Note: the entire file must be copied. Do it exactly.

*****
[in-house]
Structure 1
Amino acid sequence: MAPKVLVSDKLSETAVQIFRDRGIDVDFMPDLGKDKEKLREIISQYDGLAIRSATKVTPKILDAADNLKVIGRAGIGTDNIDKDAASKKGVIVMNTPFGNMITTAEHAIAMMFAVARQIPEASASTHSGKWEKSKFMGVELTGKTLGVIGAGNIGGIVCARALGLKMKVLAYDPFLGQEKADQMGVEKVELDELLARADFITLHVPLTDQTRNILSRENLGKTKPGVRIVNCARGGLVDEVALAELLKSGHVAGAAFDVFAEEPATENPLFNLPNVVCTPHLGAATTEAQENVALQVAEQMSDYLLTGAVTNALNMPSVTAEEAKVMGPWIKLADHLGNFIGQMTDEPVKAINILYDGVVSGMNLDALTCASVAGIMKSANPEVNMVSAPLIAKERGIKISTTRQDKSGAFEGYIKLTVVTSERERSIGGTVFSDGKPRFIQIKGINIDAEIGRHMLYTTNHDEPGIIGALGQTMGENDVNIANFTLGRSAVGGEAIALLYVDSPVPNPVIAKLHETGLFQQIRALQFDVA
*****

[in-house]
Structure 1
Amino acid sequence: MAPKVLVSDKLSETAVQIFRDRGIDVDFMPDLGKDKEKLREIISQYDGLAIRSATKVTPKILDAADNLKVIGRAGIGTDNIDKDAASKKGVIVMNTPFGNMITTAEHAIAMMFAVARQIPEASASTHSGKWEKSKFMGVELTGKTLGVIGAGNIGGIVCARALGLKMKVLAYDPFLGQEKADQMGVEKVELDELLARADFITLHVPLTDQTRNILSRENLGKTKPGVRIVNCARGGLVDEVALAELLKSGHVAGAAFDVFAEEPATENPLFNLPNVVCTPHLGAATTEAQENVALQVAEQMSDYLLTGAVTNALNMPSVTAEEAKVMGPWIKLADHLGNFIGQMTDEPVKAINILYDGVVSGMNLDALTCASVAGIMKSANPEVNMVSAPLIAKERGIKISTTRQDKSGAFEGYIKLTVVTSERERSIGGTVFSDGKPRFIQIKGINIDAEIGRHMLYTTNHDEPGIIGALGQTMGENDVNIANFTLGRSAVGGEAIALLYVDSPVPNPVIAKLHETGLFQQIRALQFDVA